Introduction

•  I want to start by introducing our family. We have all had a role in creating Rock Your Speech. We all have a passion for great music, and we believe music has the power to heal.

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My name is Alison. I consider myself a “warrior mom” - meaning I am passionate about fighting for my kids. Special needs moms are tough cookies. Every day there is a different kind of battle. We have mastered the art of staying calm in tough situations. Thanks to the internet, we know we are not alone. We can turn to a wonderful network of wisdom, from other parents who have been there.

I grew up in North Carolina in a home where music was an important part of life. My mom is a concert pianist and teacher. My dad was a lover of rock music, and I have so many wonderful memories of fun times singing and dancing with my family.  I have a love for crafting and all things artistic. I have a bachelor’s degree in fashion design and merchandising. I worked for legendary western wear couturier Manuel for several years while I was in college. It was an unforgettable experience, designing embroidery, working side by side with Manuel, and hanging with many of his country music clients.

I met Tom while I was working for Manuel and in my senior year of college. Life was crazy chaotic for me at that time. I lost everything I owned in a house fire, including all of my senior design work that I had to redo. I had a very difficult time with redoing everything, feeling extremely tired all the time and dropping weight. I was soon diagnosed with type-1 diabetes at age 22. My father moved to Nashville to try and help me rebuild my life, but unfortunately he was battling severe depression and alcoholism. When Tom came along, he was like my prince charming. He was the one who rescued me from all that craziness.

Right after I graduated from college, we moved to New York City. I was anxious to work in the fashion world. I gravitated toward computer graphics, doing production design in the children's apparel business. I didn’t love the corporateness of the business, so I found a job in a small art studio doing CAD design for home textiles. It was really fun, designing again for babies and children.

Tom and I were in NYC on 9/11/2001. We stood on the street at the corner of 14th street and 5th avenue and witnessed the tragedy of the world trade center crumbling to the ground. It was both heartbreaking and heartwarming at the same time. 9/11 impacted the economy and therefore our the design business where I worked. When my employers decided the next year to relocate outside of NYC, we moved upstate near a close friend to try and decide where life would take us next. We eventually decided to move back to Nashville.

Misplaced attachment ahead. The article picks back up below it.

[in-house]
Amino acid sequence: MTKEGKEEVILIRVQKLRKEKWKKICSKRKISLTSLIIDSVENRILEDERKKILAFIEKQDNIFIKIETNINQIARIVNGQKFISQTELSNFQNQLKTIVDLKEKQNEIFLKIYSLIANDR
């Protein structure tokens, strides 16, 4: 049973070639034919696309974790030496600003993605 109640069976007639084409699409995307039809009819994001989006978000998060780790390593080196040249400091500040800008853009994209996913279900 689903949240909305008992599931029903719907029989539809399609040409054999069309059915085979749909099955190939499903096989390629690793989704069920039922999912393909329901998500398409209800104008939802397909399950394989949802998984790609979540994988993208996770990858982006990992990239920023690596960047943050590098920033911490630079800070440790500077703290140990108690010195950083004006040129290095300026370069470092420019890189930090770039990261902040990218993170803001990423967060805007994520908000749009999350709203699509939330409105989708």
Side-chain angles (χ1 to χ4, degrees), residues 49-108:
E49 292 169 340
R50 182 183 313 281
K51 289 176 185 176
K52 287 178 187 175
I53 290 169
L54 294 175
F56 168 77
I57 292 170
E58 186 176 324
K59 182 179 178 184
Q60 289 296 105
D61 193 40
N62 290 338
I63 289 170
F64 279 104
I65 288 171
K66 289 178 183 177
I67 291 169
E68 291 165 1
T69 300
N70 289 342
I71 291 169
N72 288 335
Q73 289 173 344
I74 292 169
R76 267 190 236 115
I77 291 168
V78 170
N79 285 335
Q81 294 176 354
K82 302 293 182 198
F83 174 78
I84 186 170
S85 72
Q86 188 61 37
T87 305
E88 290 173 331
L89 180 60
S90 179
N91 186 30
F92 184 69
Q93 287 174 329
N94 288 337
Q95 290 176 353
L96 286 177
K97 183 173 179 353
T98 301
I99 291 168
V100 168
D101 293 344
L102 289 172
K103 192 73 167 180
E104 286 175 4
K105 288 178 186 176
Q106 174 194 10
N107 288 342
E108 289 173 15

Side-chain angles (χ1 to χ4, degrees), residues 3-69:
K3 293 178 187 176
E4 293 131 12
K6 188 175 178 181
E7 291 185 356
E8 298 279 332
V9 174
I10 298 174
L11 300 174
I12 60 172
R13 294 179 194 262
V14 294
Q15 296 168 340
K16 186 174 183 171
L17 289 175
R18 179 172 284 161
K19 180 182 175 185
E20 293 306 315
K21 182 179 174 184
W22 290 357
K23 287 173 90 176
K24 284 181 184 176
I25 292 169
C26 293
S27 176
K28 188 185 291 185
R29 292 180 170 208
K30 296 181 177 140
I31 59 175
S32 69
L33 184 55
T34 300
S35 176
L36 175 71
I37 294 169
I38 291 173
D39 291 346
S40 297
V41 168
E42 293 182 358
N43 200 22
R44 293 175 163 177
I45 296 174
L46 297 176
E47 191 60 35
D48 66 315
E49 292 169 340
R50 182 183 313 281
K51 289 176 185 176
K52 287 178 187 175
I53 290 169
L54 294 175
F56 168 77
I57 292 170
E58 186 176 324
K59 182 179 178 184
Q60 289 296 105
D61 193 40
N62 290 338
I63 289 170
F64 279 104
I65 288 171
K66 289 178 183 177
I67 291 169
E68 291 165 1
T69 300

A founding member and bass player of rock group Cheap Trick, Tom has spent the past 40 years touring with the band. Tom’s passion is vintage basses and guitars. He loves instruments that are rare and unusual and he has a very interesting collection. He is known for inventing the 12 string bass, which he plays exclusively on stage with Cheap Trick. Tom is thrilled about his new collaboration with Gretsch and will be premiering his own signature line at the NAMM show in January 2015. One little known thing about Tom is his artistic talent. He has a unique artistic style with crayons, and we hope to work some of that side of his creativity into Rock Your Speech. Tom is a great dad. Although we miss him a lot while he is out on tour, he loves spending lots of time with the kids when he is home, taking them to music classes, playing ball, training the dogs and playing Liam’s favorite, the Wii.

Our daughter Lilah was born in 2004. Lilah is a born performer and is SO MUCH like her dad. She has a huge heart, she loves to be on stage and entertain, and she is very funny. Lilah shines under pressure and is always at her best in front of a crowd. She wrote her first song at 6 years old for her dad’s birthday. She continues to write from the heart, showing she is wise beyond her years. She’s also an accomplished pianist. Lilah is great with her little brother Liam, often interpreting him for other people who may not understand. She has great empathy in her heart for people who are disadvantaged, and she has a great deal of patience to deal with the challenge of having a brother with autism. Tom and I are very proud of Lilah.